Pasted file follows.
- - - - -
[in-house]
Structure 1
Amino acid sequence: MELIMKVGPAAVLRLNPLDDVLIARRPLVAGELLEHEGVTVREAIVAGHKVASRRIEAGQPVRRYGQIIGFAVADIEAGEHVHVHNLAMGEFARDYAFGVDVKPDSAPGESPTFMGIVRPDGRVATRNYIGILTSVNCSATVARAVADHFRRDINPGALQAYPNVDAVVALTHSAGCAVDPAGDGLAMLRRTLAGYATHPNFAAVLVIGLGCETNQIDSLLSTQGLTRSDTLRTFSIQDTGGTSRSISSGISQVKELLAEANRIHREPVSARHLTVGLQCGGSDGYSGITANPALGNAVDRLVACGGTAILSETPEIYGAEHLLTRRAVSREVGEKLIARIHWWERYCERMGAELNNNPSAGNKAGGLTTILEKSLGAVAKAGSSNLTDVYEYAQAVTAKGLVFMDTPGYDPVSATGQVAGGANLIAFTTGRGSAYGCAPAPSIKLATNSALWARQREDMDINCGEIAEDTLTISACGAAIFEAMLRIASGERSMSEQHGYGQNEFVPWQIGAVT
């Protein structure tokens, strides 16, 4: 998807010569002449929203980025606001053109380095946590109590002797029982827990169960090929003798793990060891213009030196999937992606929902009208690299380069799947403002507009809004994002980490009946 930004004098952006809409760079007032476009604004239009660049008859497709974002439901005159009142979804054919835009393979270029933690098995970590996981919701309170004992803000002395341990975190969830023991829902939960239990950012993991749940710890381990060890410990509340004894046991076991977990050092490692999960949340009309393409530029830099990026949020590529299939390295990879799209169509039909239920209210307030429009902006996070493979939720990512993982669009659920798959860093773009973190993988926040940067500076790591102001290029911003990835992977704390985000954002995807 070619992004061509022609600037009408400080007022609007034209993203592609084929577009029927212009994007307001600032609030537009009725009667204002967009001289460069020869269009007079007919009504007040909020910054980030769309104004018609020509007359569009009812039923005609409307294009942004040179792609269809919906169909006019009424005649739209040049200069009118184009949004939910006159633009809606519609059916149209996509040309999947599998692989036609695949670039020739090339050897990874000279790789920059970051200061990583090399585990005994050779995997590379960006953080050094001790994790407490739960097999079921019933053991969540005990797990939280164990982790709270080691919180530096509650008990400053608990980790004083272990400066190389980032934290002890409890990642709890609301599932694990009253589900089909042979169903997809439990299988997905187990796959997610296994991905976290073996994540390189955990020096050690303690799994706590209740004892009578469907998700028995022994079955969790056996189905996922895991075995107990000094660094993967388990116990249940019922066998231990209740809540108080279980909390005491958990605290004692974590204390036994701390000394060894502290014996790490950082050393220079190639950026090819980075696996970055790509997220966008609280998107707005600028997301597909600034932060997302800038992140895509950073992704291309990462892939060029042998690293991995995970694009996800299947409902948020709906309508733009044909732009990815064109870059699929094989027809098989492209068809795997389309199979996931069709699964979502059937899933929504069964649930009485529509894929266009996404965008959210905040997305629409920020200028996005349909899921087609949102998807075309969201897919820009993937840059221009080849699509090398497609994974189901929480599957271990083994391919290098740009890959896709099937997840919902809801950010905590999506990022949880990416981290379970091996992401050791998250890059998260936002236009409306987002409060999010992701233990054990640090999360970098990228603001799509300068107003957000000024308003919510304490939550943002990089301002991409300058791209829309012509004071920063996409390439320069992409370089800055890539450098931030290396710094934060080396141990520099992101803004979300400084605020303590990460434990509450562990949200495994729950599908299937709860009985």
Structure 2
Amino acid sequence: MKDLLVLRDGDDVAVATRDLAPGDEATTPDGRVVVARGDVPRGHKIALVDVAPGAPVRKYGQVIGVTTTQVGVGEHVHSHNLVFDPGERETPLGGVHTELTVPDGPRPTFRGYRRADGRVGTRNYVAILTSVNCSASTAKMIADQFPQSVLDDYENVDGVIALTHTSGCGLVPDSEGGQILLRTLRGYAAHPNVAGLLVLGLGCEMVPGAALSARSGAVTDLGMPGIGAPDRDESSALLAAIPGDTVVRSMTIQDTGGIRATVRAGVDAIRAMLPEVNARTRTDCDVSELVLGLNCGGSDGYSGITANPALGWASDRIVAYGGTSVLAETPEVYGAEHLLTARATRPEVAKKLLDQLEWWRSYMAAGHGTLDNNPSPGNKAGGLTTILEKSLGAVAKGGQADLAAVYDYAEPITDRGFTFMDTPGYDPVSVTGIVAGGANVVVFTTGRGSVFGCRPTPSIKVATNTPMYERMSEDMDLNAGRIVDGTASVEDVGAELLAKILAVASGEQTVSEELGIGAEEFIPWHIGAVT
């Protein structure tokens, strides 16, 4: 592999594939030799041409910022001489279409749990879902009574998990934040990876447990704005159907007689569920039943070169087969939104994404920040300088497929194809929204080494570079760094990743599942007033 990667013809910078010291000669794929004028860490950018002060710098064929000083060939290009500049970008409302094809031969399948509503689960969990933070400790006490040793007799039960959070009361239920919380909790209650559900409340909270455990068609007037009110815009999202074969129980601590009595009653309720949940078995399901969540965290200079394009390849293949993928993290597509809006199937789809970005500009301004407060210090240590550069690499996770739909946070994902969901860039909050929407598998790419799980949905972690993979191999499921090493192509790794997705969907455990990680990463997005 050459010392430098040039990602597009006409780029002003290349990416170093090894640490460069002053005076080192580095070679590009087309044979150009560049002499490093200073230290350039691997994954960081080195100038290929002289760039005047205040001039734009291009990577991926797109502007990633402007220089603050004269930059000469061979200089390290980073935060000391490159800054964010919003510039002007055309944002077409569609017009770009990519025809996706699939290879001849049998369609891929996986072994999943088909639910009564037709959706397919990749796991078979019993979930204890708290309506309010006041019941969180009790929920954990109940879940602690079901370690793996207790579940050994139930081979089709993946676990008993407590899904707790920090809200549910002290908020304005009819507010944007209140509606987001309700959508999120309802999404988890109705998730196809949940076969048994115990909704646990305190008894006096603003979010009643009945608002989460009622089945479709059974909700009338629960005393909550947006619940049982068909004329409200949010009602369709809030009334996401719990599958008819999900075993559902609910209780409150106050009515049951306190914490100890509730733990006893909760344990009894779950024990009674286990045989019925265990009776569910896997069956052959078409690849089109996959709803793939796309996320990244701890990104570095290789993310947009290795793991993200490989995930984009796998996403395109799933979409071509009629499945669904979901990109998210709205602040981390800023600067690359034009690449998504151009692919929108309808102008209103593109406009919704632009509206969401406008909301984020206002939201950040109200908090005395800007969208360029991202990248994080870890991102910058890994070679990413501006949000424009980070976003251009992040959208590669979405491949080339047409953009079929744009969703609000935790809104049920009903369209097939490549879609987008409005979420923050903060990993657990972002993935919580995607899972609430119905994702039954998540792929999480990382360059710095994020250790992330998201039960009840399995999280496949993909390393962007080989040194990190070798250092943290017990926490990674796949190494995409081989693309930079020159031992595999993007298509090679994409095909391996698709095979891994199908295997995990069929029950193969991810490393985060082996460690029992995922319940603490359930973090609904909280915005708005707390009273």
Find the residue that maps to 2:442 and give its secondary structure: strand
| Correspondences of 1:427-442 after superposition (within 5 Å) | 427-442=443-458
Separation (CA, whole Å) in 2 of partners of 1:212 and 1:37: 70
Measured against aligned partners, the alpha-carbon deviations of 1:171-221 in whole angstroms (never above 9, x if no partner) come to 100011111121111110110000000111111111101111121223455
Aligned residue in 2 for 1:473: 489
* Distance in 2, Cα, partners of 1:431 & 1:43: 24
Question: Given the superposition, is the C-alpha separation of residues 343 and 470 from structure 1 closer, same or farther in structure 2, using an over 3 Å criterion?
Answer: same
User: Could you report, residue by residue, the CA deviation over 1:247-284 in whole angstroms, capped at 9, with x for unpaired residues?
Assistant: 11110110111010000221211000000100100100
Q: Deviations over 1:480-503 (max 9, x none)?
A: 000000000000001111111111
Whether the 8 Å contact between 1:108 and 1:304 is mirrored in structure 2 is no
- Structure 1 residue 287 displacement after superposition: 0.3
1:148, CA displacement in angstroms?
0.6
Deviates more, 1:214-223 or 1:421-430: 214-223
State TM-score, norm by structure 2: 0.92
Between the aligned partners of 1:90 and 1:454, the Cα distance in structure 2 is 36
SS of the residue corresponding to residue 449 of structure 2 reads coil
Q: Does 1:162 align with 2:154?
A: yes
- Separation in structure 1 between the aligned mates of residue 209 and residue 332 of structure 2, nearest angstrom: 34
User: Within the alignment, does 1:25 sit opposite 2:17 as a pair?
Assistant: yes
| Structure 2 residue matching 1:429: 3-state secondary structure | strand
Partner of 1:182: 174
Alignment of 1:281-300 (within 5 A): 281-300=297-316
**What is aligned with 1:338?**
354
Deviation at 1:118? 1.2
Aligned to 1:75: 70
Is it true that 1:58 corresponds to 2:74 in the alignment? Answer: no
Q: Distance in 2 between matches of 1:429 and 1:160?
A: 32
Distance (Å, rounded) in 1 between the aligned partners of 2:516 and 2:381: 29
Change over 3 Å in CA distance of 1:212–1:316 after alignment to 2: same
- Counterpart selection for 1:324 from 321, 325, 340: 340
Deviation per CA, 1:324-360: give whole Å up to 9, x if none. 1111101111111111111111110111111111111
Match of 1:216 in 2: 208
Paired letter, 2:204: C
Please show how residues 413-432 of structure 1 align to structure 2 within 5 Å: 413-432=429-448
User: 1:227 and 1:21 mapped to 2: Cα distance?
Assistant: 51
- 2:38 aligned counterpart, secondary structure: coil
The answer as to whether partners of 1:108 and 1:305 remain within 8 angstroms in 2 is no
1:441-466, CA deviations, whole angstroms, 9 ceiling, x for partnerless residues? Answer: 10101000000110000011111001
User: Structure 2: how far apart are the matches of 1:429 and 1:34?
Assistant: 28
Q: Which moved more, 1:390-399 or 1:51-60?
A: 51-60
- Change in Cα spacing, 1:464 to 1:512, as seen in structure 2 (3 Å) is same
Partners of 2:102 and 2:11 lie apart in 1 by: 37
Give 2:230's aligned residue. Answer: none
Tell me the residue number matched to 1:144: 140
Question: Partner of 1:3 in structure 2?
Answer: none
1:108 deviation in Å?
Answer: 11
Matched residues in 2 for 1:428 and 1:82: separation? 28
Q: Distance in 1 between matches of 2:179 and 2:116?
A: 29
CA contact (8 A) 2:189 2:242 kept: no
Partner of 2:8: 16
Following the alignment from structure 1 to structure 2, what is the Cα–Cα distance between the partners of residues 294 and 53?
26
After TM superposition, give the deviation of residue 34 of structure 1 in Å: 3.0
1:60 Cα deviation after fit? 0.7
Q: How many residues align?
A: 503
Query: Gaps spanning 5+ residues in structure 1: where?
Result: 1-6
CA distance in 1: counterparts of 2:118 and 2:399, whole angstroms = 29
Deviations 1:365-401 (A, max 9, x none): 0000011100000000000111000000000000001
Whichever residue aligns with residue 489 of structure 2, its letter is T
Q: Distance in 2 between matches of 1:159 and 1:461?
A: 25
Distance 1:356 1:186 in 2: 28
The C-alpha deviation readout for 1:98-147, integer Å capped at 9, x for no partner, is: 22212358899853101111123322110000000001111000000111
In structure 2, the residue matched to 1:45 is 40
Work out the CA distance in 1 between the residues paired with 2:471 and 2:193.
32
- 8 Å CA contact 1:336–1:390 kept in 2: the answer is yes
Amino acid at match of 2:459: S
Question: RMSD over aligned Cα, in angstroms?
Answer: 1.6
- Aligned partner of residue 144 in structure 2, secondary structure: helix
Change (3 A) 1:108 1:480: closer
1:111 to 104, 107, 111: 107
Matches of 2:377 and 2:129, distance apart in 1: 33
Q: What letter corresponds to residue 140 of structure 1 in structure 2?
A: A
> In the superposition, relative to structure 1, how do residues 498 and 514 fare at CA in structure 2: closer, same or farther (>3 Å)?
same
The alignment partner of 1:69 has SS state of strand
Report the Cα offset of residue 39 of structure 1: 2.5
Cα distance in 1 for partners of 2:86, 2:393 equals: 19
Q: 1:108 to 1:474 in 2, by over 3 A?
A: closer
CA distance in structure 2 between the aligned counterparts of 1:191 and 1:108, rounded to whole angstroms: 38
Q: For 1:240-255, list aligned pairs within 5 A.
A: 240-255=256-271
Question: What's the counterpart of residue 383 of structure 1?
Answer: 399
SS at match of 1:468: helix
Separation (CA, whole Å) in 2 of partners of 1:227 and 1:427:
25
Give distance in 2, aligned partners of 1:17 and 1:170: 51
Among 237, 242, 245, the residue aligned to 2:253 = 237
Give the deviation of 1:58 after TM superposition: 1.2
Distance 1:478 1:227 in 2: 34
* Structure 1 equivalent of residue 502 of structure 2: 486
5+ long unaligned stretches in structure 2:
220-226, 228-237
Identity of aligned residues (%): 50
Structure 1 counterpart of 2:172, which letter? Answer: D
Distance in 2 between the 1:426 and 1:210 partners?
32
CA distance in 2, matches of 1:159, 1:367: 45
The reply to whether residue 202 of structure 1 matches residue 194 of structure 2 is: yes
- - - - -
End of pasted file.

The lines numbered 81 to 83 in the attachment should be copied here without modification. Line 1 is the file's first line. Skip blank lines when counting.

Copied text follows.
Deviations 1:365-401 (A, max 9, x none): 0000011100000000000111000000000000001
Whichever residue aligns with residue 489 of structure 2, its letter is T
Q: Distance in 2 between matches of 1:159 and 1:461?